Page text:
John Bercow has come under heavy criticism after it emerged that the Speaker of the House of Commons claimed £172 ($266, €243) for a 0.7 mile-long chauffeur-driven car journey.
The "obscene" expense came to light thanks to a Freedom of Information (FoI) request from the Press Association.
The document revealed that Bercow had made the claim after he took a car from the Palace of Westminster to attend a conference at Carlton House Terrace.
The trip would have taken the former Tory MP just 16 minutes on foot, according to Google Maps.
Andy Silvester, the campaigns director of the TaxPayers' Alliance group, said the claim showed "appalling judgement" from whoever made the arrangements.
"Hugely expensive chauffeur-driven travel and costly meals abroad don't look good when this Speaker was elected specifically to improve the reputation of parliament in light of the expenses scandal," Silvester argued
"It is impossible to comprehend how some of these bills have spiralled to such a degree and questions must be asked.
"This money doesn't grow on trees – it comes straight out of taxpayers' pockets, and it must be treated with more respect."
The FoI also revealed that Bercow, who has attempted to modernise the Speaker's position, claimed for more than £31,000 in travel and accommodation expenses between April 2014 and April this year.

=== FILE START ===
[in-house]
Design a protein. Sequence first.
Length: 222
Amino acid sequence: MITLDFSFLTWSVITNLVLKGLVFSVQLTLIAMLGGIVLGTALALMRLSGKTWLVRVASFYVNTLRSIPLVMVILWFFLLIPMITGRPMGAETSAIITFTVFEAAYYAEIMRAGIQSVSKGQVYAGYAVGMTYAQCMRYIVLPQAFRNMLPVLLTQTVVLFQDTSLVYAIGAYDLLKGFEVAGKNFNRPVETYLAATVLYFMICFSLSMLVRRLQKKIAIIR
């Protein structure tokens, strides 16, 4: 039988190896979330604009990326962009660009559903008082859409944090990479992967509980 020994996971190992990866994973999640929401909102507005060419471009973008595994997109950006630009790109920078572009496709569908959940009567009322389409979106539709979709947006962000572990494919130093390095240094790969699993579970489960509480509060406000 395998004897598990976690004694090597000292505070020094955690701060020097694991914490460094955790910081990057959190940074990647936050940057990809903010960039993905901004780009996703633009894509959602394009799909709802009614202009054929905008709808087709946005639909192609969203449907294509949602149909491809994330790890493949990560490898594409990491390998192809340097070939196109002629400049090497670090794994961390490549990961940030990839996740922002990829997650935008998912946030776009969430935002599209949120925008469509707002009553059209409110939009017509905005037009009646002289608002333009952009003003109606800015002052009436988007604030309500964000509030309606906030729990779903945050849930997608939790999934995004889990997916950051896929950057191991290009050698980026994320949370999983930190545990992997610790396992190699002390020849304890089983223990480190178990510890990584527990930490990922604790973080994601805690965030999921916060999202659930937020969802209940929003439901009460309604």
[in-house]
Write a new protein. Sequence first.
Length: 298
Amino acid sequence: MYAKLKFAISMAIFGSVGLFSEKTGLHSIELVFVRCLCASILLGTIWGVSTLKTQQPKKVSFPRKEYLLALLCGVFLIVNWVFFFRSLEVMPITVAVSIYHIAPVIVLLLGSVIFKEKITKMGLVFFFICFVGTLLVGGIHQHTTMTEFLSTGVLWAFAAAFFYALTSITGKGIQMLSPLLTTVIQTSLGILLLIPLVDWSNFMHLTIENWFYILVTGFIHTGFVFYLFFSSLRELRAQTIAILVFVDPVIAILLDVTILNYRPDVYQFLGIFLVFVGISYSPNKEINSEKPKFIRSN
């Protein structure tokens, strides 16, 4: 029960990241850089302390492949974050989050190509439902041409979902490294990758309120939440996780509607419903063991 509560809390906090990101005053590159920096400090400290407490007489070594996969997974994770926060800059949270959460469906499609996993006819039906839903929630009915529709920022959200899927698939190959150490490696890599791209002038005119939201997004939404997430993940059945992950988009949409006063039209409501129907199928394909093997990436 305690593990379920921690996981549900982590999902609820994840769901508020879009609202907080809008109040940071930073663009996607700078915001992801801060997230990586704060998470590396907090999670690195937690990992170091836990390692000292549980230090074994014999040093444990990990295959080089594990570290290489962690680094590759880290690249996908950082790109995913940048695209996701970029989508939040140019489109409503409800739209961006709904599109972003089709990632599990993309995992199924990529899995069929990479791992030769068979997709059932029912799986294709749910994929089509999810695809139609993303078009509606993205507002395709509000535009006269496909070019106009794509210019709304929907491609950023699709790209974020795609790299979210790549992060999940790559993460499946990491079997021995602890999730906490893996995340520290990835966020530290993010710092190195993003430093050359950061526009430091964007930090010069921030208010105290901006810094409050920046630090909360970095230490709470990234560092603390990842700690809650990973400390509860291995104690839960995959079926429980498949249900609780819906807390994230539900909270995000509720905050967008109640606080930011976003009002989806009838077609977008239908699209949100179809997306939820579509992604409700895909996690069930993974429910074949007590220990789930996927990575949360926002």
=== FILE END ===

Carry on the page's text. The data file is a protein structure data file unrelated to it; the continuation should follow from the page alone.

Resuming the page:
In addition, the document disclosed that, among other claims, Bercow claimed expenses for a £158 car trip to Margaret Thatcher's funeral in April 2013.
The event for the former Tory prime minister was held at St Paul's Cathedral, which is situated less than two miles from the Commons.
But a spokesperson has defended the claims and argued that car services are need sometimes to "facilitate timing requirements".
"The Speaker is committed to encouraging public engagement with parliament and regularly visits universities, charities and other organisations around the UK to explain the work of the House of Commons," the spokesperson said.
"The Speaker is always mindful of costs, and travels standard class in the UK and when away from home, stays in hotels that offer value for money.
"In some instances a car service is required to facilitate timing requirements. In line with the Speaker's commitment to greater transparency details of these costs have been published on a quarterly basis since 2013."
Bercow was elected leader in 2009 after Michael Martin resigned in the wake of the expenses scandal.
The 52-year-old is a controversial figure in the Commons as he has helped backbenchers get more involved in the parliamentary process but faced down a "plot" from some Tories to unseat him earlier in the year.